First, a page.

Muhammad Ali: “I am the greatest!”

Far and away, the eighth round KO of George Foreman in Zaire to win back the title (Oct. 30, 1974) was Muhammad Ali’s finest moment. At the time, the 25 year-old Foreman had a record of 40-0 with 37 knockouts and was considered the hardest puncher ever. After playing his mind games, Ali turned the Congolese people against Foreman and a popular chant from the locals leading up to the Rumble in the Jungle, and during the fight, was “Ali bomaye!” which means “Ali, kill him!”

Next to, “float like a butterfly, sting like a bee,” the most memorable quote from Muhammad Ali has to be: “I am the greatest_, the greatest of all time!”

Floyd Patterson’s thoughts on the boast: “He’s always saying he’s the greatest, but he never finishes that statement. If you’re patient and listen to him long enough, you can fill in the blank.”

In March of this year, General Mills honored Ali by placing him on their boxes of Wheaties cereal. Does he deserve the recognition? Sure he does. You’d have to be an ignoramus not to realize how glorious a boxer he was. He deserves every praise for his skills in the ring and the fun character he created. Over his illustrious career, he was like a comic book super hero.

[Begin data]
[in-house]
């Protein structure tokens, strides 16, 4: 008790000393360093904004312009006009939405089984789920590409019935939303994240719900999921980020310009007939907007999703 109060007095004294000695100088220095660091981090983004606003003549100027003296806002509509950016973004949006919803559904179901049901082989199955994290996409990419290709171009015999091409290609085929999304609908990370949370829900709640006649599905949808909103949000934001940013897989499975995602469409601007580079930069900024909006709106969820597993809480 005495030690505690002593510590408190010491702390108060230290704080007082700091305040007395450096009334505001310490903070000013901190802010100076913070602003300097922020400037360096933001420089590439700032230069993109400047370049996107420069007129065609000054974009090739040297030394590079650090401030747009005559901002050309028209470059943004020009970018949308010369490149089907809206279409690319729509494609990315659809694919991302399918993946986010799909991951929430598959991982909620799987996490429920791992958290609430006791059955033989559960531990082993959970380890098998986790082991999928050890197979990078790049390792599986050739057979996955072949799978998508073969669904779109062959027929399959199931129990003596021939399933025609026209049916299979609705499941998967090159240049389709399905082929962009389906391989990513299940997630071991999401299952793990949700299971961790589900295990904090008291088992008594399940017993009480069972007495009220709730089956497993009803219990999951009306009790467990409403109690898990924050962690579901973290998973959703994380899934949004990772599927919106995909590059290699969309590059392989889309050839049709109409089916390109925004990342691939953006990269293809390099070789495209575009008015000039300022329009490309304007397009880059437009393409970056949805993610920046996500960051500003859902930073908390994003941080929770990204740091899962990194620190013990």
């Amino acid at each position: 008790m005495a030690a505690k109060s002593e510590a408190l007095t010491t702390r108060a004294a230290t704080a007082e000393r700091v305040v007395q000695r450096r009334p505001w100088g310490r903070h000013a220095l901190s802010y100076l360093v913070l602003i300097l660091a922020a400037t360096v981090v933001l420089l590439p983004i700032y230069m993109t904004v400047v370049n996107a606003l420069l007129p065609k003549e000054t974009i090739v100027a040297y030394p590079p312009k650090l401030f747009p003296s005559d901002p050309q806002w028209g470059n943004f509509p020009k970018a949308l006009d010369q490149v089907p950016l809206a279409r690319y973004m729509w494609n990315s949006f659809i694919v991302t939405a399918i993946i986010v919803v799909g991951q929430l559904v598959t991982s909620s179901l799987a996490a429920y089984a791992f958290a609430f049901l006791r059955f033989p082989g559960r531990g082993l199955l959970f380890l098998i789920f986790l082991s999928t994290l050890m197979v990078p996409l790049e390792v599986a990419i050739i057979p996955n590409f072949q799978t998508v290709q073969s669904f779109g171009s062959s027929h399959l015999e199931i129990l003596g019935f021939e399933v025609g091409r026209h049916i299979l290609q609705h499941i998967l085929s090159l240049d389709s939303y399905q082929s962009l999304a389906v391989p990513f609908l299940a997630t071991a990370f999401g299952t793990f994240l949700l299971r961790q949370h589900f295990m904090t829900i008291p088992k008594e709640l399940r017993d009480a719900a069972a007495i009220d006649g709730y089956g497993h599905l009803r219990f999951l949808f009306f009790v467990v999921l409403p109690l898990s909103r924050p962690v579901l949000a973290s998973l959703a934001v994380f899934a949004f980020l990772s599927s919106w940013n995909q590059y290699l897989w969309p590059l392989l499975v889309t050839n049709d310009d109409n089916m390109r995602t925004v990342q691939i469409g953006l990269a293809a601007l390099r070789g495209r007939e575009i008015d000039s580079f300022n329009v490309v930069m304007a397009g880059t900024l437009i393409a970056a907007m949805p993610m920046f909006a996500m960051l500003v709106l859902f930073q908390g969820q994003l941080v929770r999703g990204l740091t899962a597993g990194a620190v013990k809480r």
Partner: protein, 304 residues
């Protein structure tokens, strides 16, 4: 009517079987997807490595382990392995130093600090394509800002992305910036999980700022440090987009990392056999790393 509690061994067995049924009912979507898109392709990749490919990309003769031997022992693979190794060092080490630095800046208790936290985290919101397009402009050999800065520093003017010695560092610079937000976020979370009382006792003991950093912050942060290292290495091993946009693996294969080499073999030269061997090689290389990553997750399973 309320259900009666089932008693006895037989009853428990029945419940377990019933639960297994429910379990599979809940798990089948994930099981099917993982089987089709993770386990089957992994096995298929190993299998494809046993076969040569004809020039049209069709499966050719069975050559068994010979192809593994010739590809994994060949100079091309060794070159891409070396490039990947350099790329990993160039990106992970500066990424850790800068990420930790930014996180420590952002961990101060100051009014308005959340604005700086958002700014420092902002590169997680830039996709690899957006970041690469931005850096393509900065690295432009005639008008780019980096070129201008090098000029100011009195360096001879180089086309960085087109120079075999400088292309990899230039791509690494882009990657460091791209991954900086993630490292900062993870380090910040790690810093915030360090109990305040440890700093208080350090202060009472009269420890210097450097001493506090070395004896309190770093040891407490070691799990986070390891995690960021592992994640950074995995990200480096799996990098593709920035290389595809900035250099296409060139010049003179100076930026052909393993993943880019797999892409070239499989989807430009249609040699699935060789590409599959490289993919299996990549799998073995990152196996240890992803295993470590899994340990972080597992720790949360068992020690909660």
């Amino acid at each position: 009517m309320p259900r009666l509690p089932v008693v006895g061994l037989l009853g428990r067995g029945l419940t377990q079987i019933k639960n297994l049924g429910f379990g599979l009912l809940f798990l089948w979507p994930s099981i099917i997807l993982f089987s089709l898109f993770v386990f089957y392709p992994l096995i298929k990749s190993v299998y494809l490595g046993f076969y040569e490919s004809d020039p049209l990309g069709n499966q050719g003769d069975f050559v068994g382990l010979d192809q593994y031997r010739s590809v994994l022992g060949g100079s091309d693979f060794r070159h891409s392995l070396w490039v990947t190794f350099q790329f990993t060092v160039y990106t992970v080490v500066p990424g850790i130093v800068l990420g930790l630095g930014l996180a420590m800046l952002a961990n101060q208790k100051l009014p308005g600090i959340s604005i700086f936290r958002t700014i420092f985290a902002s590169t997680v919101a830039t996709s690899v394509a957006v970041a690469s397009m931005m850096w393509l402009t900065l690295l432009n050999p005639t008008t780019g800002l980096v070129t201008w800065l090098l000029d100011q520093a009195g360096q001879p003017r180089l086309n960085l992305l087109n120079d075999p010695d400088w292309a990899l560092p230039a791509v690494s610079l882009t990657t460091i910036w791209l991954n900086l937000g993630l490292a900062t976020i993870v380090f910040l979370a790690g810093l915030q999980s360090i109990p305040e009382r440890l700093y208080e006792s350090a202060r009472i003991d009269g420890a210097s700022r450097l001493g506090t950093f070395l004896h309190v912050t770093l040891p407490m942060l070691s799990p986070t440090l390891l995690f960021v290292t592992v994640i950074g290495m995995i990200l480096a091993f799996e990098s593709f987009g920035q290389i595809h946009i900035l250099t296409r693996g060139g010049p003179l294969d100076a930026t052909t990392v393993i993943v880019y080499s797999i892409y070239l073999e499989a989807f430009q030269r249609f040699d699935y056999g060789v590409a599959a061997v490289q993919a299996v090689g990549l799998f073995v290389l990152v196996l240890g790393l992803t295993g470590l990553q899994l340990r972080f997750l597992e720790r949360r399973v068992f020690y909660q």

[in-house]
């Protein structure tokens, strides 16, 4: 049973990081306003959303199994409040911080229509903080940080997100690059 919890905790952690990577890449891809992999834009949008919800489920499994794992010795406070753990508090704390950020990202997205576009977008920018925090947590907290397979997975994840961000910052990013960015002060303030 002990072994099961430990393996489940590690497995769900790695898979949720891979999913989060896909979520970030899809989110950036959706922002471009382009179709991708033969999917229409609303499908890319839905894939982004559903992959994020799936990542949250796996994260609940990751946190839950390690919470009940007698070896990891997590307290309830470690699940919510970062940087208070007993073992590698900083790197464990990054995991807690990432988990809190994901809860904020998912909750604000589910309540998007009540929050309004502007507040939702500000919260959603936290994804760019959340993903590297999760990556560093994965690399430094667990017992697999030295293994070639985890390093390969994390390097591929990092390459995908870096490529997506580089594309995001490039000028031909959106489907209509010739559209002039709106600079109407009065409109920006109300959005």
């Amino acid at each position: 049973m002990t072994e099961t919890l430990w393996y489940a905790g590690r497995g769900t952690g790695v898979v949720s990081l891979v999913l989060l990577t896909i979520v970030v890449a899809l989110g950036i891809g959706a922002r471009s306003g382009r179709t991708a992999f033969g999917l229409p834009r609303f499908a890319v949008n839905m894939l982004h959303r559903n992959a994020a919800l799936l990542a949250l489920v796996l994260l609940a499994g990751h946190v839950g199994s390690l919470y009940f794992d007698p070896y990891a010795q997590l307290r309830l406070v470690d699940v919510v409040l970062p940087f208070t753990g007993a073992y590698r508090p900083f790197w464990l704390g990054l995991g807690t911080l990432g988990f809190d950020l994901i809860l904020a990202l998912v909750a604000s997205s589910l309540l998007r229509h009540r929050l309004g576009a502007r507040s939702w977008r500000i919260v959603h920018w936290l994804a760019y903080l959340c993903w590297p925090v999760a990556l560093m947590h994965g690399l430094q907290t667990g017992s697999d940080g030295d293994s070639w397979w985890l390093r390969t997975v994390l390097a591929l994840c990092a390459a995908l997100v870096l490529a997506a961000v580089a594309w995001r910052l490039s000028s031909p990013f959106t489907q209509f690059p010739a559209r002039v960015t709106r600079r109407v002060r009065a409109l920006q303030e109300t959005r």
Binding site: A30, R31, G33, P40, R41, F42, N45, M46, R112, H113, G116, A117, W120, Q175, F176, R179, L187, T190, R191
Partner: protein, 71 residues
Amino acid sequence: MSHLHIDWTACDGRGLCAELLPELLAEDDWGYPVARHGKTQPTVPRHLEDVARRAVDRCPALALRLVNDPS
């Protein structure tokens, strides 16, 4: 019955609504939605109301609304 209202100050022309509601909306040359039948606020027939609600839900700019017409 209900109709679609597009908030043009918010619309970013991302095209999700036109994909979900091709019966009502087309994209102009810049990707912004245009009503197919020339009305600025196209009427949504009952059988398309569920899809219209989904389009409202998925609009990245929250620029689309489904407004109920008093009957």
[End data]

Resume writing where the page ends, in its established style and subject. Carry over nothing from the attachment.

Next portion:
When reaching the twilight of their years, athletes like world leaders attain a certain degree of sanctity. All mistakes are forgotten, while the exploits are exaggerated. Case in point, the inscription on the Wheaties’ cereal box claims Ali, “is the Greatest, an Ambassador of Sportsmanship.”

Whoa, we’ve got to draw the line somewhere. We could count on one hand the number of times Ali exhibited that trait. Yes, he is legendary, and the ex-champion’s life will become folkloric, much the same as Davy Crockett. Aside from killing a bear when he was only three, Ali accomplished much. As time passes his exploits will be extolled and likely overblown. It’s up to the boxing historians to keep things real.

Tennis star, James Courier Jr., himself a good sport, once said, “Sportsmanship is when a guy walks off the court and you really can’t tell whether he won or lost. He carries himself with pride either way.”